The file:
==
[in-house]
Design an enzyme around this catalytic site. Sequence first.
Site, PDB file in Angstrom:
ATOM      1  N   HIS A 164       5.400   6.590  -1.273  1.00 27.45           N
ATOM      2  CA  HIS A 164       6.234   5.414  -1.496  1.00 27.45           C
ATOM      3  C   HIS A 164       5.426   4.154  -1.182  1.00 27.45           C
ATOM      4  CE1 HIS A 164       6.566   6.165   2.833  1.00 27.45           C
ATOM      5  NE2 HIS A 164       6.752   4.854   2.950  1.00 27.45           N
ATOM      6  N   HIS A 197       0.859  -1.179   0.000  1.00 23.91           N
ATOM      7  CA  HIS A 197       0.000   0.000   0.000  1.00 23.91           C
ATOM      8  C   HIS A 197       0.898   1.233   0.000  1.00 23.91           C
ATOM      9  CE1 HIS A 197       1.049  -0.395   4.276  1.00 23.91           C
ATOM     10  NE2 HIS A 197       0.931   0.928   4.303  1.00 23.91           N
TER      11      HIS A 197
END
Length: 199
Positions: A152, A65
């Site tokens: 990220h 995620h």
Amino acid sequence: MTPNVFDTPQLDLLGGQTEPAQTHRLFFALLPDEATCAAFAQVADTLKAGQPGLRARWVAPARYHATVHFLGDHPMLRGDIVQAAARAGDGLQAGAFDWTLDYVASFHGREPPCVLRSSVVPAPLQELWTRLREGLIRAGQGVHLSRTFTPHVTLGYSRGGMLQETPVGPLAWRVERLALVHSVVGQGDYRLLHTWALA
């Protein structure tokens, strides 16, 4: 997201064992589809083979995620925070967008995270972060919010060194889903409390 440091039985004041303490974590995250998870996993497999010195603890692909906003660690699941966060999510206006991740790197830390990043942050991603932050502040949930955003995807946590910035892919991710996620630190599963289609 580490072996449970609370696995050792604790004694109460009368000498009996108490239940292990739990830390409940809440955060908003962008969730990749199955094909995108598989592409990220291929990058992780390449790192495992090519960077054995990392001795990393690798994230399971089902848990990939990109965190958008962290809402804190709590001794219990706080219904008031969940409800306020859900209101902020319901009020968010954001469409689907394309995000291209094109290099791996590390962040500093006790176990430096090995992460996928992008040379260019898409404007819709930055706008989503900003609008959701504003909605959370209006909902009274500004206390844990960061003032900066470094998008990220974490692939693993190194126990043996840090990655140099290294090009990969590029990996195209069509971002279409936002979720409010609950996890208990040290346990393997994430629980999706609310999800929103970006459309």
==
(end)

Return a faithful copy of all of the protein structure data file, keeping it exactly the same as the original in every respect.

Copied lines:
[in-house]
Design an enzyme around this catalytic site. Sequence first.
Site, PDB file in Angstrom:
ATOM      1  N   HIS A 164       5.400   6.590  -1.273  1.00 27.45           N
ATOM      2  CA  HIS A 164       6.234   5.414  -1.496  1.00 27.45           C
ATOM      3  C   HIS A 164       5.426   4.154  -1.182  1.00 27.45           C
ATOM      4  CE1 HIS A 164       6.566   6.165   2.833  1.00 27.45           C
ATOM      5  NE2 HIS A 164       6.752   4.854   2.950  1.00 27.45           N
ATOM      6  N   HIS A 197       0.859  -1.179   0.000  1.00 23.91           N
ATOM      7  CA  HIS A 197       0.000   0.000   0.000  1.00 23.91           C
ATOM      8  C   HIS A 197       0.898   1.233   0.000  1.00 23.91           C
ATOM      9  CE1 HIS A 197       1.049  -0.395   4.276  1.00 23.91           C
ATOM     10  NE2 HIS A 197       0.931   0.928   4.303  1.00 23.91           N
TER      11      HIS A 197
END
Length: 199
Positions: A152, A65
């Site tokens: 990220h 995620h």
Amino acid sequence: MTPNVFDTPQLDLLGGQTEPAQTHRLFFALLPDEATCAAFAQVADTLKAGQPGLRARWVAPARYHATVHFLGDHPMLRGDIVQAAARAGDGLQAGAFDWTLDYVASFHGREPPCVLRSSVVPAPLQELWTRLREGLIRAGQGVHLSRTFTPHVTLGYSRGGMLQETPVGPLAWRVERLALVHSVVGQGDYRLLHTWALA
């Protein structure tokens, strides 16, 4: 997201064992589809083979995620925070967008995270972060919010060194889903409390 440091039985004041303490974590995250998870996993497999010195603890692909906003660690699941966060999510206006991740790197830390990043942050991603932050502040949930955003995807946590910035892919991710996620630190599963289609 580490072996449970609370696995050792604790004694109460009368000498009996108490239940292990739990830390409940809440955060908003962008969730990749199955094909995108598989592409990220291929990058992780390449790192495992090519960077054995990392001795990393690798994230399971089902848990990939990109965190958008962290809402804190709590001794219990706080219904008031969940409800306020859900209101902020319901009020968010954001469409689907394309995000291209094109290099791996590390962040500093006790176990430096090995992460996928992008040379260019898409404007819709930055706008989503900003609008959701504003909605959370209006909902009274500004206390844990960061003032900066470094998008990220974490692939693993190194126990043996840090990655140099290294090009990969590029990996195209069509971002279409936002979720409010609950996890208990040290346990393997994430629980999706609310999800929103970006459309």